La Liga's 2014/15 season is six weeks away but the first axe has already fallen...
Like a puppy sat in front of a bog roll and knowing it won’t have its din-dins if the tissue is torn asunder, Deportivo’s bosses just couldn’t help themselves. A smarter policy would have been to let manager Fernando Vásquez have a bit of a moan and move on. After all, the Harry Potter-like figure was worth sticking with through thick and thin.
Vásquez had taken over in February 2013 and wasn’t far off from keeping a ridiculously indebted club afloat in the Primera. Instead, the Galician outfit sunk into Segunda, but returned triumphantly in June in second place behind Eibar.
Deportivo were just a couple of weeks away from trudging back to training when Vásquez took a shot across the boardroom bows over diminishing transfer targets. “True, option number one might be a bit pricey, but we are going for the fifth, sixth and seventh. We never get the ones we really want and that is a problem,” complained the soon-to-be-unemployed coach.
Clearly nonplussed by the criticism, club president Tino Fernández fired Vásquez after consultation with the Board of Administration running the skint club, decreeing the coach was undermining confidence at Deportivo. “The analysis from Fernando Vásquez on the problems had caused issues with the signing of some players,” writes La Voz de Galicia, on the non-existent speculation for the transfer of Paul Pogba to La Coruña.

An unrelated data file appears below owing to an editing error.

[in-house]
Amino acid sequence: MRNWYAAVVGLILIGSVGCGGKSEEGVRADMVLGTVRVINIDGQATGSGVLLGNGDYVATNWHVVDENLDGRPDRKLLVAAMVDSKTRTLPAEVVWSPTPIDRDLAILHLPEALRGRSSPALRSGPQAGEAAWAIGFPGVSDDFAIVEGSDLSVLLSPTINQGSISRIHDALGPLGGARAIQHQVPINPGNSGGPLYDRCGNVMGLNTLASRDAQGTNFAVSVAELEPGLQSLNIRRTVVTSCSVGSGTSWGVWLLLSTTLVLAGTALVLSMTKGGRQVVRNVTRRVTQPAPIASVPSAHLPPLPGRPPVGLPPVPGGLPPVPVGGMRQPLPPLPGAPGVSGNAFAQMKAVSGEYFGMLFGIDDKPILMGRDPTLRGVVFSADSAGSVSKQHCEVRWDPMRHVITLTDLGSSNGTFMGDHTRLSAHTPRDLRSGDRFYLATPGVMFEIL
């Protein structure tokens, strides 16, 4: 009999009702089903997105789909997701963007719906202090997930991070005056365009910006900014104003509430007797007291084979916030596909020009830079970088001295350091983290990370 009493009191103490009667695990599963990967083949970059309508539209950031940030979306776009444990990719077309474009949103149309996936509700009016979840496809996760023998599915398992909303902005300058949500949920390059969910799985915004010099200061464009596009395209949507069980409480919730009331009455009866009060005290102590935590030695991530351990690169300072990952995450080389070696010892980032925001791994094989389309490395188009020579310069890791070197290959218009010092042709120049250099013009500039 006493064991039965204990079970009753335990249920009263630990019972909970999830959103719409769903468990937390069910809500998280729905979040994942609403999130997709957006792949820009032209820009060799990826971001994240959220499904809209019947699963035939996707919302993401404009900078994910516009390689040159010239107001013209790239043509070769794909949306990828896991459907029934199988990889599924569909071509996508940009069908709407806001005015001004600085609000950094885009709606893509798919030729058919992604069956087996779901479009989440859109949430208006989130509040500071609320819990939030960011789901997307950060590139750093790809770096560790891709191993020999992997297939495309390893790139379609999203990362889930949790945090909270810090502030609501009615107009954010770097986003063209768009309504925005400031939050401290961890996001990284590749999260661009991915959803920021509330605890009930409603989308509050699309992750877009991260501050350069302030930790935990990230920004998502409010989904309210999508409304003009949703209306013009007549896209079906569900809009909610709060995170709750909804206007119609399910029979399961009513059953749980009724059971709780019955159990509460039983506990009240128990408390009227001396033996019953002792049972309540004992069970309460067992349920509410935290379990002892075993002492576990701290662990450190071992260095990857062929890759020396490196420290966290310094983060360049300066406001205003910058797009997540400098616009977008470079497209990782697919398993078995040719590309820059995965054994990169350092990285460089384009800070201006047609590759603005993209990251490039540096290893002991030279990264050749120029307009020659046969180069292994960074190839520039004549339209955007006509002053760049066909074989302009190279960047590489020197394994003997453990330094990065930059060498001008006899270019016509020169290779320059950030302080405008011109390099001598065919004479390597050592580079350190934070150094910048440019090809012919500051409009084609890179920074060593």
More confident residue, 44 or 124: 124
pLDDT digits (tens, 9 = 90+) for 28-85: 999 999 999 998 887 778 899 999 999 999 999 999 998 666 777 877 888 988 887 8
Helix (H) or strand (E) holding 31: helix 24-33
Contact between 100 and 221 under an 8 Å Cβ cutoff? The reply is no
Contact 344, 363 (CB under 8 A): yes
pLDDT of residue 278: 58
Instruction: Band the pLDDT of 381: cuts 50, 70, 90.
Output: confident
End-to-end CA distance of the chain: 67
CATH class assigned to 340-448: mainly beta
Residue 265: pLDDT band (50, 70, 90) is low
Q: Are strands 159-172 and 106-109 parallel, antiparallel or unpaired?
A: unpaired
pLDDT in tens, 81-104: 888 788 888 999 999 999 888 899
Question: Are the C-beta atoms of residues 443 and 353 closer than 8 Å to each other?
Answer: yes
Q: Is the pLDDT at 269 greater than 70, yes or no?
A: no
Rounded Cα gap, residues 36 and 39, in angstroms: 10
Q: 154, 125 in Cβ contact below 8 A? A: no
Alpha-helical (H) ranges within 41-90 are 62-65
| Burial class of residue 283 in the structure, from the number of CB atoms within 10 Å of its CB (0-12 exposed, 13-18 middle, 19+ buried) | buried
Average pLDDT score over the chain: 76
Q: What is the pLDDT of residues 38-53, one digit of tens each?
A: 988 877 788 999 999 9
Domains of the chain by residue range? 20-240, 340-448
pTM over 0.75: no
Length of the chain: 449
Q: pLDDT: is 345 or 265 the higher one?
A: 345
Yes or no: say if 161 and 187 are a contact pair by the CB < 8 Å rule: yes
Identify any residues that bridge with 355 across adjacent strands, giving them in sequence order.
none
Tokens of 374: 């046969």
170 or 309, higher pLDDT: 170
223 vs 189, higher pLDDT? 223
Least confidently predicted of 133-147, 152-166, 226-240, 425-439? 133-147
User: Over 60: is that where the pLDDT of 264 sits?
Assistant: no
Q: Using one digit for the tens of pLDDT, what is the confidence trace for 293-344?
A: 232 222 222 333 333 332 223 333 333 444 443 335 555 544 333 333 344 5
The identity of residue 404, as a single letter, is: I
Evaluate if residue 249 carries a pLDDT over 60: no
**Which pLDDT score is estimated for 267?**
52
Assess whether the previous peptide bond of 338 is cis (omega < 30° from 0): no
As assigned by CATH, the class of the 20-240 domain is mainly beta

“It’s an injustice. I don’t deserve this. I don’t agree with the decision of the president which is completely wrong,” was the reply from the very stunned Vásquez at a press conference on Tuesday. “It's as if you stole a sausage and they give you 50 years in prison.”
Considering Deportivo is very much in la Liga's beggars-can’t-be-choosers department, it does sound a strange decision indeed to fire Vásquez. This is a character who knows all the nooks and crannies of the club, having been there 18 months (a decade in Spanish terms), and is also quite aware of how tough the Primera is going to be when it reboots in August. Of course, this was the point of the thrust of the coach’s comments, which he probably thought were fairly innocuous.
Clearly the board thought Vásquez was a bad apple that was about to leak icky cider of despair across the club and that it was best get rid before pre-season starts. There certainly won’t be any short of candidates out there to sit in the hot seat in Riazor, but few will have the perfectly shaped posterior possessed by the departing Vásquez.